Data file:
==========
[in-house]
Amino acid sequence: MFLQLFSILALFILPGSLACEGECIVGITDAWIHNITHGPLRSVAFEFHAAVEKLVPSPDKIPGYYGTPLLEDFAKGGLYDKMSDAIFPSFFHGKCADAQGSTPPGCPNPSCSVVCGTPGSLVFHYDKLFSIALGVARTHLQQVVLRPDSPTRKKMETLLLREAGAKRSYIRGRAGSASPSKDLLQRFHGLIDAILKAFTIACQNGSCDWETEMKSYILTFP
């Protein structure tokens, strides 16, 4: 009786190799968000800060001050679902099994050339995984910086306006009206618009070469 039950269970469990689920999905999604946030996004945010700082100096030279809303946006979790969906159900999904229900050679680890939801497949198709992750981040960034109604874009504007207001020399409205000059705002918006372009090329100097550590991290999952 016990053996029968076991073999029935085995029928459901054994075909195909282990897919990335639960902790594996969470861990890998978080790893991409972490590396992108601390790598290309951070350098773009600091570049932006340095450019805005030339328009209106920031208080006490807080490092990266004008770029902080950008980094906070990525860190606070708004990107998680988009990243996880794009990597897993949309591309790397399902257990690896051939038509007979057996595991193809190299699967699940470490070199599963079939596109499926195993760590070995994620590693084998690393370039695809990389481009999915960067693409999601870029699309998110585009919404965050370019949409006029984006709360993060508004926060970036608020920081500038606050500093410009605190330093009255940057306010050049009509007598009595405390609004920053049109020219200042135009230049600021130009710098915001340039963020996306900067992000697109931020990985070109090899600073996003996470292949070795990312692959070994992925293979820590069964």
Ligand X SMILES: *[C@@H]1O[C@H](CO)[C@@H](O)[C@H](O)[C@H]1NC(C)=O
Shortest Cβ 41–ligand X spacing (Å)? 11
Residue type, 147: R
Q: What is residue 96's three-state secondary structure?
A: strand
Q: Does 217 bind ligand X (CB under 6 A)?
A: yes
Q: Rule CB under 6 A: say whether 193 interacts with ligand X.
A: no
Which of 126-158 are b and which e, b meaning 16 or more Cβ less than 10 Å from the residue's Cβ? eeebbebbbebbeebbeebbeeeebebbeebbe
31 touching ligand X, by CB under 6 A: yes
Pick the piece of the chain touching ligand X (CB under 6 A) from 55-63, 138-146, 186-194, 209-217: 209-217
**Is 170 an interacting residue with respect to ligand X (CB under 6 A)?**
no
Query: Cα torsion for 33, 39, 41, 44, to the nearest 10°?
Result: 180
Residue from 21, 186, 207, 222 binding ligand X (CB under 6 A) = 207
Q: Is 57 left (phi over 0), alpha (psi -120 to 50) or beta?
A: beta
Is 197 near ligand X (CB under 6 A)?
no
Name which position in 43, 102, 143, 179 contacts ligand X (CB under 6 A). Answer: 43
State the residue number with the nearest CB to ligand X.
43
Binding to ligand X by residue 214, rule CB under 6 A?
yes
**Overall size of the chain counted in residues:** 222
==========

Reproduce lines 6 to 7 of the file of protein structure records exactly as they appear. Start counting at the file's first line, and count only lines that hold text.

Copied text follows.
Residue type, 147: R
Q: What is residue 96's three-state secondary structure?